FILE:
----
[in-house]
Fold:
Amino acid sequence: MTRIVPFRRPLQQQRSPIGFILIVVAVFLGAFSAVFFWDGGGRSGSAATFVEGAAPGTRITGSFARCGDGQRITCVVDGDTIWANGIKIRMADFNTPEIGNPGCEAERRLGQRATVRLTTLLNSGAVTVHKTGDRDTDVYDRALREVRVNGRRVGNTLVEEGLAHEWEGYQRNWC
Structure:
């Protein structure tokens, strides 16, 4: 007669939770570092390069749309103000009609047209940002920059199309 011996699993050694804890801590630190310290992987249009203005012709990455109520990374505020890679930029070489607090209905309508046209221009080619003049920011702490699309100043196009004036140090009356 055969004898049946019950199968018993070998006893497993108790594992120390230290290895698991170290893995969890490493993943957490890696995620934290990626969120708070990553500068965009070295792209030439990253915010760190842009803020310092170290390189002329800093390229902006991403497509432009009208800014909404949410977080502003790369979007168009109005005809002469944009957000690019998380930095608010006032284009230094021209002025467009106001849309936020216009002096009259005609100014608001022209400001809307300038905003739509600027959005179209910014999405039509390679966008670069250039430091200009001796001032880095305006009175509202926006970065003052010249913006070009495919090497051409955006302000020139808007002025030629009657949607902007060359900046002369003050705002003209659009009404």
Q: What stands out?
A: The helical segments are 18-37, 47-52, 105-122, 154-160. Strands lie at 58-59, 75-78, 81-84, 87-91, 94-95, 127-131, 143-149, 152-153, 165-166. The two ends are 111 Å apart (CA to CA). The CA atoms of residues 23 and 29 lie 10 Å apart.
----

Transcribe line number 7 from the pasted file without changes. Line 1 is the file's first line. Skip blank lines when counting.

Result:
A: The helical segments are 18-37, 47-52, 105-122, 154-160. Strands lie at 58-59, 75-78, 81-84, 87-91, 94-95, 127-131, 143-149, 152-153, 165-166. The two ends are 111 Å apart (CA to CA). The CA atoms of residues 23 and 29 lie 10 Å apart.